Essential Guide to running gites in France

Written by on November 8, 2016 in Gîtes in France


One of the big misconceptions about owning a gite in France is that the paperwork and bureaucracy are so intense that it can make your life a misery.

Not so, says Jo-Ann Howell of French Admin Solutions, you just need to know where to begin. Here to help, is her detailed guide to running gites in France:

Defining your gite project

French holiday accommodations run by private individuals fall into 3 main labels:

Gîte, Chambre or Table d’Hôte and Camping.

A gite is classified as a separate, furnished house or apartment where you welcome your guests and remain available during their stay, but you do not live there.

A Chambre d’Hôte is more of a Bed & Breakfast style offer, which allows you to welcome people to your home and apart from a bed for the night(s), also offers breakfast. Table d’Hôte is an extension of Chambre d’Hôte offering local cuisine in a familial environment at other mealtimes.

What a Gite must have


Location: Your property should be in a location considered appropriate for tourist visits. Outside space is required, be it a garden, a balcony or a terrace.

Equipment: A gîte should have a furnished, communal space which can include an open-plan, equipped kitchen, as well as a table and chairs able to seat your full capacity of guests. It shouldoffer the means to wash, dry and iron laundry. Separate bedrooms must be furnished, and a shower room with sink and WC inside, with running hot and cold water, is a minimum requirement. This may seem obvious, but you’d be surprised how far the term ‘rustic’ can stretch when it comes to property rentals!

Note: if you want to join any of the established Gîte networks or labels then provision of more luxurious accommodations may be required. A full list of the criteria for classification can be found here: An inspection by your chosen label takes place, and you can use this report to receive a classification of your property by your local Préfecture also.

Safety: You must ensure the conformity and legal compliance of the property. This is especially important with regard to  water quality, safety of windows, stairs balconies, and a whole lot more (see full list in The Good Life France Magazine – free to read online, download and subscribe).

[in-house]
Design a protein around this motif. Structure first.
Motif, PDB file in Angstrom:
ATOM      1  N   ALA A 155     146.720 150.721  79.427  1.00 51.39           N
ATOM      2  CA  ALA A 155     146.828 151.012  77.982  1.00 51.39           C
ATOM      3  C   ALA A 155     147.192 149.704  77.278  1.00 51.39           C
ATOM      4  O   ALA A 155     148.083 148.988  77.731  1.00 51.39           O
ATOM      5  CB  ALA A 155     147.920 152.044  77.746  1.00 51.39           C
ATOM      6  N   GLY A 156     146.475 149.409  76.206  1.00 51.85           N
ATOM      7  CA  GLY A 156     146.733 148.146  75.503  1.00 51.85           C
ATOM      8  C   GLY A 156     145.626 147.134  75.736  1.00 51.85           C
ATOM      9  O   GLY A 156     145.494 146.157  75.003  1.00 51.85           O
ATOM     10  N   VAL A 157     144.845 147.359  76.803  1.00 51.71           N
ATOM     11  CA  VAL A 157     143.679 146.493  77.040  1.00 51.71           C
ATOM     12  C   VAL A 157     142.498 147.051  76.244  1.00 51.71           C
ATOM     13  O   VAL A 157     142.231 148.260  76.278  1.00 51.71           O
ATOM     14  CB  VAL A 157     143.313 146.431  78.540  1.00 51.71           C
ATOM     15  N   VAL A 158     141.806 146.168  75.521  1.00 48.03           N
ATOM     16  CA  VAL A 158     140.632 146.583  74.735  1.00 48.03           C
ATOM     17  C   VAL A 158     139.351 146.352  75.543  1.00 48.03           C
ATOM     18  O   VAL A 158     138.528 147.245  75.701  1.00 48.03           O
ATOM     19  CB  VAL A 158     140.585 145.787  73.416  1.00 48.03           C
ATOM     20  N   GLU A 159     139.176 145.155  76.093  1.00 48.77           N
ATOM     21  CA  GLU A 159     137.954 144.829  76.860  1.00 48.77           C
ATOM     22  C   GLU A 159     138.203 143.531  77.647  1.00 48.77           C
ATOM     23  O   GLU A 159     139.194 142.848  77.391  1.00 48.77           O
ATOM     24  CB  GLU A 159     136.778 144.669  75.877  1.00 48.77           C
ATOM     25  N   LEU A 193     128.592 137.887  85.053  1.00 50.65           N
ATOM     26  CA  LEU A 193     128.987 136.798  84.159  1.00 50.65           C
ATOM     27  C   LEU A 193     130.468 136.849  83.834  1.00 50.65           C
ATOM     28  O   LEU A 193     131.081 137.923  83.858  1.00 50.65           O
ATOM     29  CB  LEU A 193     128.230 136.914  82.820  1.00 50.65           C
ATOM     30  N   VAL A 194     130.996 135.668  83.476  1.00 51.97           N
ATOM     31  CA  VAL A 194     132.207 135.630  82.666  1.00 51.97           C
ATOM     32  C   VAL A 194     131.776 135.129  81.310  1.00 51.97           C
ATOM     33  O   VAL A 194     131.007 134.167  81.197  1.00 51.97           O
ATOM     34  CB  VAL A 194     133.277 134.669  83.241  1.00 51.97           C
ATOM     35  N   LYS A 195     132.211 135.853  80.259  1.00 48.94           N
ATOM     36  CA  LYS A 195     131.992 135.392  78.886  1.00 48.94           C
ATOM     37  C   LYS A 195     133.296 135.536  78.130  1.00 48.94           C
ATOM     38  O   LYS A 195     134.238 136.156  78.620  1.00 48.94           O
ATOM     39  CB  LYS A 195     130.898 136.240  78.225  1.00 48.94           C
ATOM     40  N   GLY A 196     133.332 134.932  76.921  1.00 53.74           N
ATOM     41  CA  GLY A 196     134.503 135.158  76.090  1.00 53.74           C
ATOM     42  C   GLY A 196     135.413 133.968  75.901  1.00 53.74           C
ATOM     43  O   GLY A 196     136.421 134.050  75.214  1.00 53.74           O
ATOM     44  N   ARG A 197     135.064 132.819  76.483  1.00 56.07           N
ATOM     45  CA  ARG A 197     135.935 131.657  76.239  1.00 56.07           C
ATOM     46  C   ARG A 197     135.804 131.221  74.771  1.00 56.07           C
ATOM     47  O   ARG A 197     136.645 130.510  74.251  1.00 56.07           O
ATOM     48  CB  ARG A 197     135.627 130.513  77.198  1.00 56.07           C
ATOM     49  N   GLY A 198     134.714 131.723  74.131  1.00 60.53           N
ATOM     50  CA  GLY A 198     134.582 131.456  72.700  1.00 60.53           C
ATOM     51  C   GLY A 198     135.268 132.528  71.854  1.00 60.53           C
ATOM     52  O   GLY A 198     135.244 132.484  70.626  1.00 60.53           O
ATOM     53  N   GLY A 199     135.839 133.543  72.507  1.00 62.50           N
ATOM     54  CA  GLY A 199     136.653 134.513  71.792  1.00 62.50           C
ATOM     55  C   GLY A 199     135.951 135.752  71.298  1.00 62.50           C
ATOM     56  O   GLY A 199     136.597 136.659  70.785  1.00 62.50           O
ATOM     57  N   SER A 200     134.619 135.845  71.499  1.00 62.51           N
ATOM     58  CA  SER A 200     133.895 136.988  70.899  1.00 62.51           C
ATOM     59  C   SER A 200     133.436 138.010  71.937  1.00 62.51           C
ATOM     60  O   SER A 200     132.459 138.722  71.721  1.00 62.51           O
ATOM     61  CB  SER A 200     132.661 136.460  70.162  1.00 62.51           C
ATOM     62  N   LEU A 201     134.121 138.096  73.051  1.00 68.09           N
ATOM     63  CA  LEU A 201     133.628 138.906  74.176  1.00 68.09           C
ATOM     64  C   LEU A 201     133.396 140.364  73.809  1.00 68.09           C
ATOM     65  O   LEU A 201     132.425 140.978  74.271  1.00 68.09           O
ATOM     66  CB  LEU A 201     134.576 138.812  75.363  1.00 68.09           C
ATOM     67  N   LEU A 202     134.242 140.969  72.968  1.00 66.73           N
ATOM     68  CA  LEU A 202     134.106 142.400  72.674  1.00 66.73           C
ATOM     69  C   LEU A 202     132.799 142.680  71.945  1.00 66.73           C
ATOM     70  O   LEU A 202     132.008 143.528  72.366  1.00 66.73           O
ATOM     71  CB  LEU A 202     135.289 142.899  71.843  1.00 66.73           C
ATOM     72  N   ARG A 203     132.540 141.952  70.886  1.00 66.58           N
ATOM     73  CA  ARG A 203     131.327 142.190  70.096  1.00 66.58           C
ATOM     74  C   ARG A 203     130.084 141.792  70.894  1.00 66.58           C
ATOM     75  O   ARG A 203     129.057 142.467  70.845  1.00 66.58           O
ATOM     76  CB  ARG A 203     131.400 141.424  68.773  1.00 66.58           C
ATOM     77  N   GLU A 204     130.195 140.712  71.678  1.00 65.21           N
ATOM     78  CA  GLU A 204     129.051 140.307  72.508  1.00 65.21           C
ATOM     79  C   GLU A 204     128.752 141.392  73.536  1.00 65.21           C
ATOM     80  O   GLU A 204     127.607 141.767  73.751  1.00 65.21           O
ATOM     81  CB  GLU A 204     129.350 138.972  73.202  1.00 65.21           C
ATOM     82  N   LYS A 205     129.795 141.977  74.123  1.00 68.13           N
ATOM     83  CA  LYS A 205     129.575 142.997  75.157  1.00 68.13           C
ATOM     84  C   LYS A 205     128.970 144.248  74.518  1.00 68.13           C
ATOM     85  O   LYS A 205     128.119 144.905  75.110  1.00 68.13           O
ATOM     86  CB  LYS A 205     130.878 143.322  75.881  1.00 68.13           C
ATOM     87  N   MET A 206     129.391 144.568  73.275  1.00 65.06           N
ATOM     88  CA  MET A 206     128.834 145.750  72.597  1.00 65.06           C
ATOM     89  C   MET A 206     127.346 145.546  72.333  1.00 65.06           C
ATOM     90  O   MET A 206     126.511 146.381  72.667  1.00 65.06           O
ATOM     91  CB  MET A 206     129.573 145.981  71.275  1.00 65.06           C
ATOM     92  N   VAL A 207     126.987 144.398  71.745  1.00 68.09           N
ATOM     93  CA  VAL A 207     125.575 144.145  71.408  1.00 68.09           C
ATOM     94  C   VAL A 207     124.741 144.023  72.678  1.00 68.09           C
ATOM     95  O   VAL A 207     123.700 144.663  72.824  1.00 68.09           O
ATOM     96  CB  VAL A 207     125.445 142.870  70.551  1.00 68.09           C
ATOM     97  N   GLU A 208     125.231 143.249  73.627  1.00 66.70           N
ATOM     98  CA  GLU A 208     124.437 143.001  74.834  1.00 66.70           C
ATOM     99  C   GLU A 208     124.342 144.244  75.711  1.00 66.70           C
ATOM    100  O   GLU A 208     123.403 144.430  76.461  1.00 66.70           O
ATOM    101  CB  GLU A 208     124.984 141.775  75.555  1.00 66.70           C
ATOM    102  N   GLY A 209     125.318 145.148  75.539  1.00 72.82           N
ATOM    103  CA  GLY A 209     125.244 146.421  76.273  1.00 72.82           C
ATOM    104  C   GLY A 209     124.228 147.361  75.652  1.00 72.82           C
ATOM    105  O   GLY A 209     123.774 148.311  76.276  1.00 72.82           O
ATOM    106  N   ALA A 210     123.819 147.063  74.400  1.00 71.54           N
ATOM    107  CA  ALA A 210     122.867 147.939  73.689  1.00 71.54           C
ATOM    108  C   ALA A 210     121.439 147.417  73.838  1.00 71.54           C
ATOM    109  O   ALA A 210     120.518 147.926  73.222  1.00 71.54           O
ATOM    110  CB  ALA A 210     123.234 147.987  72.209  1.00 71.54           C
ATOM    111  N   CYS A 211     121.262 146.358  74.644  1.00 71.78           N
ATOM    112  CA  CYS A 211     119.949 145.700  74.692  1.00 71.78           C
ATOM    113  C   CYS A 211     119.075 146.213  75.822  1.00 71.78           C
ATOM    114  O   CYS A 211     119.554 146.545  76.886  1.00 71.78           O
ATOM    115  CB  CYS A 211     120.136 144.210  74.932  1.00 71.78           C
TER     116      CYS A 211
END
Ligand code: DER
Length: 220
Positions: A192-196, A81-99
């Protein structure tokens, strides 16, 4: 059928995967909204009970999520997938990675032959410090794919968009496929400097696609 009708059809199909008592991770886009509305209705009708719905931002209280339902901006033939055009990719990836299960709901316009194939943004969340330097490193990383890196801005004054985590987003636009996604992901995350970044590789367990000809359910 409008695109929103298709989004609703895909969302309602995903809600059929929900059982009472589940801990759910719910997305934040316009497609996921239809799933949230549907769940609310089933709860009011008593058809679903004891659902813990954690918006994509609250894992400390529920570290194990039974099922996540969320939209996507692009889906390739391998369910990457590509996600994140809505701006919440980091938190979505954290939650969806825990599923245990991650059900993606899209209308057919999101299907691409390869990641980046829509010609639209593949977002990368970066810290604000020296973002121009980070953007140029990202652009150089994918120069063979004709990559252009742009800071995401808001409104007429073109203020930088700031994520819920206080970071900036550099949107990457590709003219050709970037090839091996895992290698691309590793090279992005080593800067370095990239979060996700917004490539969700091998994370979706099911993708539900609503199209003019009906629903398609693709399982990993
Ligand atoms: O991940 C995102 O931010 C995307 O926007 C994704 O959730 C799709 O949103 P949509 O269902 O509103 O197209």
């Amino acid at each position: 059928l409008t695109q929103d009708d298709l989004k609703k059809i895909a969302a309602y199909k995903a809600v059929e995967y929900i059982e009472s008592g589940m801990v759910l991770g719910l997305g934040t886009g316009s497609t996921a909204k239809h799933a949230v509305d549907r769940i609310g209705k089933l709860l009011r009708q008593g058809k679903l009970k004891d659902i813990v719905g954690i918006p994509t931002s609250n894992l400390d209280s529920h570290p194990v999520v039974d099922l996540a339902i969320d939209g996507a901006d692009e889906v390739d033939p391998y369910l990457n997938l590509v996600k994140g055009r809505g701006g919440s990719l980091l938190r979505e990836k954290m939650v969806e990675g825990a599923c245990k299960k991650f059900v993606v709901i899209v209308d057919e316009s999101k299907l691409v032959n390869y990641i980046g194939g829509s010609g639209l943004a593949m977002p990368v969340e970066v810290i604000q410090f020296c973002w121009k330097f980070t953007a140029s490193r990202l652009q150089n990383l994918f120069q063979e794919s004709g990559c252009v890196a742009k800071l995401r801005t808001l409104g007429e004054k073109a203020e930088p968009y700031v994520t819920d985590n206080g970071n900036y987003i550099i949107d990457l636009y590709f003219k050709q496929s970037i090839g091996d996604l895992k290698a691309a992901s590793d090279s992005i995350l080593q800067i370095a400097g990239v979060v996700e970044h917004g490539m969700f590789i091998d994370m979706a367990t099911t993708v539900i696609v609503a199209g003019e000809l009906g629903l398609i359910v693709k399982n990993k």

Insurance: You must inform your home insurance provider of your intention to provide seasonal rentals.

Fiscal and legal requirements for Gite Owners


Once you are sure your property is ready to welcome guests, you must begin the declaration & registration process.

Declaration of the property: All furnished holiday rental property must be declared to the Town Hall (Mairie).

Registration of the activity – professional or not? A distinct business structure is not required in order to run your Gîte, as long as your rental income is a secondary, lower income source for the household, and is below 23.000€ each year. In this case, you must register with your local Greffe du Tribunal de Commerce, using a P0i form within 15 days of the start of your first rental contract.

VAT or TVA: In principle the rental of furnished property is exempt from VAT. So, you as the owner do not charge VAT to your tenants and you do not “recover” VAT on your expenditure related to the rental property. That said, Article 261 D-4 of the General Tax Code (CGI) indicates six categories of VAT-taxable transactions, the most pertinent being that if you supply at least three of the following services on site and in addition to the accommodation offered, then the whole transaction is subject to VAT:

Breakfast; a daily cleaning service; supply of bedding; guest reception on arrival.

TIP! Membership of a Centre de Gestion Agréé (CGA) is worth investigating due to the fact that members avoid the standard 25% profit uplift applied in order to calculate the tax owed.

Finances for gite owners


You may be able to benefit from financial assistance when setting up. If your plan is to renovate a crumbling cultural relic, with the intent of breathing new life into a flagging local economy, you could be entitled to financial support, from your Conseil Générale, local Council or even the EU. If you’re not sure if you qualify, ask at your local town hall.

If you want to make changes to your property in order to make it accessible to people of reduced mobility then other aids are available to help you achieve a ‘Tourisme et Handicaps’ label

This is a summary of a complete guide which you will find in The Good Life France Magazine – free to read online, download and subscribe to.

by Jo-Ann Howell at French Admin Solutions

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